Islamic Banking has been a hot topic in India for the last few months. The debate on whether Islamic Banking is permissible in India has a lot of dimensions. In an interview with PRAMOD THOMAS,H ABDUR RAQEEB, Convener, National Committee on Islamic Banking, points out the benefits of Islamic Banking to the deprived sections of society. Abdur Raqeeb, who is also the General Secretary of Indian Centre for Islamic Finance (ICIF), here describes what really Islamic Banking means.
How do you perceive the recent Kerala High Court order regarding Islamic banking?
First of all, I wish to clarify that the recent verdict of the High Court of Kerala was not on Islamic banking but for the participation or rather having a share of 11% in an NBFC-Non Banking Financial company- based on Shariah principles by State of Kerala or its agencies like Kerala State Industrial Development Co-KSIDC.
Dr Subramaniam Swamy’s argument was that being a secular country, Kerala government cannot take part or promote an Islamic Financial Company and it was as if promoting the Islamic religion or propagating the religion which is against the secular edifice of the Constitution of India.
Again Kerala government cannot spend taxpayers’ money on such ventures according to the Article 27 of the Constitution.
The verdict is significant in the sense that for the first time the court has ruled that it is not against secular concept of the Indian Constitution to promote religion based finance like Shari’ah-(Islamic principles of finance and business) based companies and regulates them.
This is a significant and historic judgment and in future will lead to Islamic banking in our great country along with conventional banking.
This is just like a non-vegetable hotel having and allowing a separate section for vegetarians as well. Now there is a scope that the Government of India will allow both the conventional finance based on interest and Islamic finance and banking which is interest-free.
What is the future of Islamic banking in India?
The future is very bright for Islamic banking in India. Sixty per cent people of the country are not covered by the conventional banking and most of them are marginalised and the minorities.
Small farmers, skilled labourers, petty traders do not have collateral and not credit worthy as per banking system, and minorities like Muslims are excluded because of interest based banking which is strictly prohibited in their faith.
If an alternate system which is interest-free and ethical and provides a platform for the marginalised, this is going to be a big boost for this Islamic banking.
Planning Commission of India constituted a high level committee on Financial Sector Reform in 2008 headed by Dr Raghu Ram Rajan, former IMF Chief Economist and some of the outstanding bankers and legal experts of India and this committee, CFSR, recommended that Interest-free banking to be included in the main banking system of India for “inclusive growth with innovation.”
In simple terms what is Islamic banking and how can it be beneficial for common man?
Some of the salient features of Islamic banking are as follows:
It is interest-free;
It is based on profit and loss sharing concept – risk and reward in most of the venture;
Against any speculative trade like futures, derivatives, etc;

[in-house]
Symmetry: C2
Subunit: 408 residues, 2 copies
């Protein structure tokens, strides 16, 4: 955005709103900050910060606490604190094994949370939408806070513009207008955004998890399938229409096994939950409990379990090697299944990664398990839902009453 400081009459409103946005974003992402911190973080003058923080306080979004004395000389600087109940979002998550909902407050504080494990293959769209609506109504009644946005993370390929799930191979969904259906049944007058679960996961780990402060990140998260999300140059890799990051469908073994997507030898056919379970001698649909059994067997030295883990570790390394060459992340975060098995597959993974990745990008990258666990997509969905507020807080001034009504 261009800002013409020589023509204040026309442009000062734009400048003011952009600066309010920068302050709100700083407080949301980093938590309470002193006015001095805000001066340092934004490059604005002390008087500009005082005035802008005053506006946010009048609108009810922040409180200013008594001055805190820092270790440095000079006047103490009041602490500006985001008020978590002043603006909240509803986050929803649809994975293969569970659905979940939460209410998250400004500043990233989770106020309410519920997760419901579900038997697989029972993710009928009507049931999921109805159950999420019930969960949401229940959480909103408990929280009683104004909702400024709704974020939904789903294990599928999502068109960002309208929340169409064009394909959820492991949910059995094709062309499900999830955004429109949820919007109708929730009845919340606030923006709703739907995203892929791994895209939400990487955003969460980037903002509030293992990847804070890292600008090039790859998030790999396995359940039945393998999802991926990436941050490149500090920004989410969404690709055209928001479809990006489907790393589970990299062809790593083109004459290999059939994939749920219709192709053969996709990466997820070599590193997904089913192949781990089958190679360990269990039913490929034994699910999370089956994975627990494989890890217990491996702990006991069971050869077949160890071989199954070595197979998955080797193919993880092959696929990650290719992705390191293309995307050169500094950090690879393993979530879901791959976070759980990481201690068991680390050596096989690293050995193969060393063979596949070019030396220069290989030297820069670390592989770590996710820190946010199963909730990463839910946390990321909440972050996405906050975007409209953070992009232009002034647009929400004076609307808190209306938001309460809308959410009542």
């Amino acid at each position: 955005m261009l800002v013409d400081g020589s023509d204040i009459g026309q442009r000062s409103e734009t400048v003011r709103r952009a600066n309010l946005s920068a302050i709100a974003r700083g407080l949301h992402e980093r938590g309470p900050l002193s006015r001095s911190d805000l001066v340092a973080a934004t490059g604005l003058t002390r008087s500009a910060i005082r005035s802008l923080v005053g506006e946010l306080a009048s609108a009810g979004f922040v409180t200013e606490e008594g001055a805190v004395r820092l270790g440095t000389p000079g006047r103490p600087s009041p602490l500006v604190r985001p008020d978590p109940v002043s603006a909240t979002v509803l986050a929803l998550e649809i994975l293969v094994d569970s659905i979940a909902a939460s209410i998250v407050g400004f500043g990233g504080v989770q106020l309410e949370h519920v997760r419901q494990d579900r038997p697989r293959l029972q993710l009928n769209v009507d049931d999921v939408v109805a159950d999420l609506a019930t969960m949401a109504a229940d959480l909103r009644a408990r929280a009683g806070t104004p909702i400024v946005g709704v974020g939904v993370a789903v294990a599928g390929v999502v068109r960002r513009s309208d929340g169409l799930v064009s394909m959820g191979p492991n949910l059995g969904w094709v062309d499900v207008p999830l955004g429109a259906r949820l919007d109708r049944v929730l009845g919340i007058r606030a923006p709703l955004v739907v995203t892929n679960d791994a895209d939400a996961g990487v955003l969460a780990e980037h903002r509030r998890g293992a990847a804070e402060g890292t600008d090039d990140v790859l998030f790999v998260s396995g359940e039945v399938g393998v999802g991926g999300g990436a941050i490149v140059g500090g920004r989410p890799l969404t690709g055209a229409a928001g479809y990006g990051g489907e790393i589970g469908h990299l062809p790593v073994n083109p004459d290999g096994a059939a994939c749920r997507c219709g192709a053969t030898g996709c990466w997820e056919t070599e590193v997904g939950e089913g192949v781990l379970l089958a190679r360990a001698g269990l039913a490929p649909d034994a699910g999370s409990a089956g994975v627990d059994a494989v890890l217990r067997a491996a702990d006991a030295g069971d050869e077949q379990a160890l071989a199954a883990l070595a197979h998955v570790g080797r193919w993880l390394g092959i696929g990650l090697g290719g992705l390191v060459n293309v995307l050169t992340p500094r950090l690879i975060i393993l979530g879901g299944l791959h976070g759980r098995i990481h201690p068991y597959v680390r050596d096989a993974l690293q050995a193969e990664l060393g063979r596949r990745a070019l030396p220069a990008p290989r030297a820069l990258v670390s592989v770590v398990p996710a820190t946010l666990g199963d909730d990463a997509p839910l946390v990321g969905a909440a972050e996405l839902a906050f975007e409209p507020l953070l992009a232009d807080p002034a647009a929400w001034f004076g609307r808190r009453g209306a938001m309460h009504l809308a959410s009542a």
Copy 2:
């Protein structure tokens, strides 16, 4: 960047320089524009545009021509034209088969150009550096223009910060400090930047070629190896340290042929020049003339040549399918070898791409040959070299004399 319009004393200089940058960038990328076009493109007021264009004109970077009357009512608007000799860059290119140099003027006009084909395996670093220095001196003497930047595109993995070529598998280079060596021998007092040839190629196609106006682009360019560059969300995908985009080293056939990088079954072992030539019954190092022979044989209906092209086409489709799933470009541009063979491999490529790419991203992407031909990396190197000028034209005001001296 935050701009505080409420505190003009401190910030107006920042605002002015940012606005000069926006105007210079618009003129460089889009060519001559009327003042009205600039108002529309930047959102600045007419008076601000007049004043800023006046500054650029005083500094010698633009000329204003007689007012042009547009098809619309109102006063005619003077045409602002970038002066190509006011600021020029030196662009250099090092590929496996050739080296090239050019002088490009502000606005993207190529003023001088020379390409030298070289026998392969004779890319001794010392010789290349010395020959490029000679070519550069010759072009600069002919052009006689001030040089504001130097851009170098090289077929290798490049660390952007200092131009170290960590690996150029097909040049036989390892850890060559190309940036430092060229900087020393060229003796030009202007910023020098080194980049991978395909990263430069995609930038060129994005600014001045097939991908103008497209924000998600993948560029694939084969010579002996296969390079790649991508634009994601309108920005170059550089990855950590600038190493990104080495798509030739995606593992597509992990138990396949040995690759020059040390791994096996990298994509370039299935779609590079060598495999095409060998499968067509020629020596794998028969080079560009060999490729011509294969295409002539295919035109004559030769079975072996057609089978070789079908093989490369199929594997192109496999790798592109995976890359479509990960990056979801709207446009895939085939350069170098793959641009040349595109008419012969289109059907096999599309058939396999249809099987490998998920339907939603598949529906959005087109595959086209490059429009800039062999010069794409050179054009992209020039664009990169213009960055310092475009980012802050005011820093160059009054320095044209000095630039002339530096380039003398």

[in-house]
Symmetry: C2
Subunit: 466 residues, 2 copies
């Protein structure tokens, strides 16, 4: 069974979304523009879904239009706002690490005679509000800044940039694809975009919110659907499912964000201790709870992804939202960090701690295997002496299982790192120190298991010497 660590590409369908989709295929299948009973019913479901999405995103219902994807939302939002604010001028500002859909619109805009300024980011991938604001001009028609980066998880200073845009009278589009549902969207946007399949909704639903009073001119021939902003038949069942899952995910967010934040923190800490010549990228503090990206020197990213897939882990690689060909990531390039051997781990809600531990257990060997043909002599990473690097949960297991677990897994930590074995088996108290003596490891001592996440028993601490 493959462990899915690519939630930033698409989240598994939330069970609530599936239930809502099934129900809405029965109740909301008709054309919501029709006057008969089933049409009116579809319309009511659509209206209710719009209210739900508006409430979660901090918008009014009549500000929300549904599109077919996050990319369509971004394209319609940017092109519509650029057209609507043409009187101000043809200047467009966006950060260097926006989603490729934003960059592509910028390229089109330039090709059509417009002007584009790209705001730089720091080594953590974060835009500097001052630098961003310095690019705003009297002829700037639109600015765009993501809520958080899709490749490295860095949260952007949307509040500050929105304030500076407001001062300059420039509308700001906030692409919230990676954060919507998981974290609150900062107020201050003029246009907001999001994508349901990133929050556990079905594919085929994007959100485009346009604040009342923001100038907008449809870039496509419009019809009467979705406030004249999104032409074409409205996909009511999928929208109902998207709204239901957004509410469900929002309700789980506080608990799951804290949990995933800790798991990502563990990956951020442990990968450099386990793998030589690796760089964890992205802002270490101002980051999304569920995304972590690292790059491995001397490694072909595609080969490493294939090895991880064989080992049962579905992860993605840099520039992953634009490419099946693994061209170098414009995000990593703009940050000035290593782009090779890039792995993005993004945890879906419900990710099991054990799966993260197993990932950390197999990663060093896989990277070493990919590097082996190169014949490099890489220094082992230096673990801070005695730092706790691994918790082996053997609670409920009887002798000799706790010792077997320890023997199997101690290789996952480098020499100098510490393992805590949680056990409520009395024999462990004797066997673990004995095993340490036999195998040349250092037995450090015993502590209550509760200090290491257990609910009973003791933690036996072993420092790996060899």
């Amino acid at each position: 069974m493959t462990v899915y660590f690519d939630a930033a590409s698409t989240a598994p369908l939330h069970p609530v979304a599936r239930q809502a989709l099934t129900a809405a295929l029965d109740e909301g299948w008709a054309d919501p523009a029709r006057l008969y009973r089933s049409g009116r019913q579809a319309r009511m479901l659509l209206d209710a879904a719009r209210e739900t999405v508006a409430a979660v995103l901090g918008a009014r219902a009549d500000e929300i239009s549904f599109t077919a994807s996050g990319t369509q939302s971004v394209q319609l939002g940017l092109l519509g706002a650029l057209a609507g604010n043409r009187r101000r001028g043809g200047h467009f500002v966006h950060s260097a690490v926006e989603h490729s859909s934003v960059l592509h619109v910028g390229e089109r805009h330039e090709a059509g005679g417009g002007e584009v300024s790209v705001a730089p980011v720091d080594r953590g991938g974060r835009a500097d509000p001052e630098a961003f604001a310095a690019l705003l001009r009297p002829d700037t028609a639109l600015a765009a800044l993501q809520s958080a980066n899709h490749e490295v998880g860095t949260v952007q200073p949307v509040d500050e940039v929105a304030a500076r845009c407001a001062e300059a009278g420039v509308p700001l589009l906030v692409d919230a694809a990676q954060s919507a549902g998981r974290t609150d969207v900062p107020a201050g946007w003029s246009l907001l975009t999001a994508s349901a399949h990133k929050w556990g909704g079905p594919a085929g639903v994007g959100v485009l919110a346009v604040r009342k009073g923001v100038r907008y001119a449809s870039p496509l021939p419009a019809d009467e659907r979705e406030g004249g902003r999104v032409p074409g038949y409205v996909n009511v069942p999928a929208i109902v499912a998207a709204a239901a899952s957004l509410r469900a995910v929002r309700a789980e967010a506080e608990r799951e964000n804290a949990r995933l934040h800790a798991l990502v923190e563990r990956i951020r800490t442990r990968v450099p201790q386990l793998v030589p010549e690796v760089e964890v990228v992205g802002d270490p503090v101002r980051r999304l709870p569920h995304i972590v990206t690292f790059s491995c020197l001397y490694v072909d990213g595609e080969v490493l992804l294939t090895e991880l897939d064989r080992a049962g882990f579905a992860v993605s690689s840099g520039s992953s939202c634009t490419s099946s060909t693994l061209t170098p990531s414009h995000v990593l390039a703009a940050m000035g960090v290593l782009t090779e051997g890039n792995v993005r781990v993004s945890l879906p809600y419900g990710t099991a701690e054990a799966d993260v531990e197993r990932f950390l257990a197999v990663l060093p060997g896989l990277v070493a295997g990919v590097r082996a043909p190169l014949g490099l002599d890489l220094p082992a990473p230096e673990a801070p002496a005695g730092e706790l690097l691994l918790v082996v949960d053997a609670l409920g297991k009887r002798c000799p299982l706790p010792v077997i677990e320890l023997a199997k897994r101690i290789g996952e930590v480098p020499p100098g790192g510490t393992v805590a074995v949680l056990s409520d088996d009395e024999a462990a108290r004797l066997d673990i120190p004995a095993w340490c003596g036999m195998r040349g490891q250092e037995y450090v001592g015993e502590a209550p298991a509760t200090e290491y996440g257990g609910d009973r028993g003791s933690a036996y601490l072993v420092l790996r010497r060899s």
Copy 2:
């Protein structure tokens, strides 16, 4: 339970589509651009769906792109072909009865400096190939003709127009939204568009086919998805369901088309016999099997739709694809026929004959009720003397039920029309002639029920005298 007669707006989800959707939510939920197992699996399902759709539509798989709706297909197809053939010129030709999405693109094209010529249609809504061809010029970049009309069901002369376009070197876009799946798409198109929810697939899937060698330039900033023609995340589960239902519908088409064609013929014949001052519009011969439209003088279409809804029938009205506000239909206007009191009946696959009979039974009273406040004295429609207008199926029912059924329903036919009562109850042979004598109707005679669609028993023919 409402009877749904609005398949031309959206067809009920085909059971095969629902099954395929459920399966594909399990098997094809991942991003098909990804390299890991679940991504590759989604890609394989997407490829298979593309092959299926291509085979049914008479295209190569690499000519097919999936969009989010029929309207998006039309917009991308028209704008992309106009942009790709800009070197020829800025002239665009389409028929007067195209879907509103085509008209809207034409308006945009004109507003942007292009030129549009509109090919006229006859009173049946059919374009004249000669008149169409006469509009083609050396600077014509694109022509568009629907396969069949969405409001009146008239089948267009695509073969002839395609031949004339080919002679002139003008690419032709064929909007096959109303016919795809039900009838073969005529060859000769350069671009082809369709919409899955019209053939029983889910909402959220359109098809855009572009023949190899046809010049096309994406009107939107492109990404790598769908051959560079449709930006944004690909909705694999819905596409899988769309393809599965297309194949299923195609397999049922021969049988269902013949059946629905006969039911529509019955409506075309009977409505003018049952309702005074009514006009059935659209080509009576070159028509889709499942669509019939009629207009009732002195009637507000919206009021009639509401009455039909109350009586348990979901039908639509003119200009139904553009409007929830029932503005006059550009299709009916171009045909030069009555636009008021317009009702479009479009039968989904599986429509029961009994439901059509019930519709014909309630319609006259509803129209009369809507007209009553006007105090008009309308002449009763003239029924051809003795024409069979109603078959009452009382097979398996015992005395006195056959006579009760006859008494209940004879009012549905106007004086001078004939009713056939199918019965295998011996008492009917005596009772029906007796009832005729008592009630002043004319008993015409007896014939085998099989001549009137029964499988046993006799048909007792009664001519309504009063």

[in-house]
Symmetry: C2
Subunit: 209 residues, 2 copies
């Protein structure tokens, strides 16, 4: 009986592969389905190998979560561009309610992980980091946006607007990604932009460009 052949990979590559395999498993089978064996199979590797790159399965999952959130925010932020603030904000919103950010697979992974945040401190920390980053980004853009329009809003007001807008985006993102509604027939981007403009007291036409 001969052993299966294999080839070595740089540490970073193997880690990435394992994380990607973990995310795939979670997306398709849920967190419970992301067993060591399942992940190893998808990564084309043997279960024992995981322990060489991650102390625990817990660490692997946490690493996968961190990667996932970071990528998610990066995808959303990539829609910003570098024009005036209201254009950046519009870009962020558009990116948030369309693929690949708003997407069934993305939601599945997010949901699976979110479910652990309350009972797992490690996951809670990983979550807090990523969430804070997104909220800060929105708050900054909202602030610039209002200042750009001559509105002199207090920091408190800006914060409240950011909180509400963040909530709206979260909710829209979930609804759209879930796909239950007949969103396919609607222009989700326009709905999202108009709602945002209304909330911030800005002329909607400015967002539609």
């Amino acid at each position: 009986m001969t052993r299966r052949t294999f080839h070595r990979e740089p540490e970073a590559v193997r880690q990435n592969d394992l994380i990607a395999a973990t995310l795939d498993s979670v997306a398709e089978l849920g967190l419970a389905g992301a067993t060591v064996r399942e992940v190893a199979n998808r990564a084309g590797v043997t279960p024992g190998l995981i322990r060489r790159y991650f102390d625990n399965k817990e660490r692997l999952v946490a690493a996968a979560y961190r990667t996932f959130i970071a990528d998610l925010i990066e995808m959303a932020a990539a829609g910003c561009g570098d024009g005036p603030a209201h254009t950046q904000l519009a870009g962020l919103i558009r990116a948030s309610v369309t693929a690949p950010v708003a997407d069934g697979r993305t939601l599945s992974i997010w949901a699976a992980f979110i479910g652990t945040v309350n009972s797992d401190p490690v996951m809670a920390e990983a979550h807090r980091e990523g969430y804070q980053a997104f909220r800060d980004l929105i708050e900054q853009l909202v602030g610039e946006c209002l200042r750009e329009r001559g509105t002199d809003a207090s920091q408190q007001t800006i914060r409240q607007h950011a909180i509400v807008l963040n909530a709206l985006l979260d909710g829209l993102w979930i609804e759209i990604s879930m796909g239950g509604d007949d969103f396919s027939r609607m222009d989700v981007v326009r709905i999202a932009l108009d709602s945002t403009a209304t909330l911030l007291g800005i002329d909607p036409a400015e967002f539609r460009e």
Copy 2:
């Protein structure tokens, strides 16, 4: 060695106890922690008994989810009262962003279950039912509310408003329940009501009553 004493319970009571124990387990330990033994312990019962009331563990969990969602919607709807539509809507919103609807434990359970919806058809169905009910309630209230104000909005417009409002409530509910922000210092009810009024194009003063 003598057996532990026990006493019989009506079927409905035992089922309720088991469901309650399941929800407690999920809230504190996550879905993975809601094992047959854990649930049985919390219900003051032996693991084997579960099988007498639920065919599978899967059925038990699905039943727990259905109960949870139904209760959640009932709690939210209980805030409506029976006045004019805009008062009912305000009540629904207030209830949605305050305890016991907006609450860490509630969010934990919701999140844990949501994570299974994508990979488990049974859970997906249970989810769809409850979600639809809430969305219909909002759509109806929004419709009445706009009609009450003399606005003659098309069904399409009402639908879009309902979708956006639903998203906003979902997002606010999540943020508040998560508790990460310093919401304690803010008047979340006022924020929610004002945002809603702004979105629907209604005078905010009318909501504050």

Against investment on unethical projects like liquor, gambling, pornography, weapons of mass destruction, environmental hazards, etc;
Investment on real economy and asset based and not engaged on financial engineering which is money being traded against money.
Is the term Islamic the main obstacle for the popularity of Islamic banking? If so, how can you convince others?
To a certain extent, the word Islamic is misunderstood by a large segment of the people and this is also due to misinformation by the media which parrots blindly the western propaganda.
Islamic finance and banking is therefore named as alternative banking in Britain, participatory banking in Turkey, interest-free banking in some countries like Nigeria.
Any name is possible but the principles of Shari’ah are to be followed to a large extent which is ethical and socially responsible.
Another misconception is that Islamic finance and banking is for Muslims only. This is not true. In Malaysia, forty per cent customers in Islamic banks are non-Muslims and in Britain twenty per cent customers are non-Muslims.
Further, secular modern and industrialised countries where Muslim population is not large, like Britain, France, Hong Kong and Singapore, the regulators have accommodated Islamic finance and banking and allowed a level playing field along with the conventional banking.
If London, Paris, Zurich, Singapore and Hong Kong can become hub and house of Islamic finance and banking, why not Mumbai and Cochin?
How a businessman will get assistance from Islamic banking for fund raising?
According to Dr Hussein Hamid Hassan, Chairman, Shari’ah Board, Dubai Islamic Bank, Conventional banks have only one product whatever their name or product may be, they are based on interest, but Islamic Banks have product what each customer, every project and every circumstance tailor made like, Mudharaba, Musharaka, Ijara, Sukuk, Takaful, Qard Hasna, etc.
The details can be had from any standard book on Islamic Finance or from Google websites on Products in Islamic Finance.
[You can contact Abdur Raqeeb at firstname.lastname@example.org, www.icif.in, Mob: +91 9444075501 or D-309, Abul Fazl Enclave, Jamia Nagar, New Delhi-110025]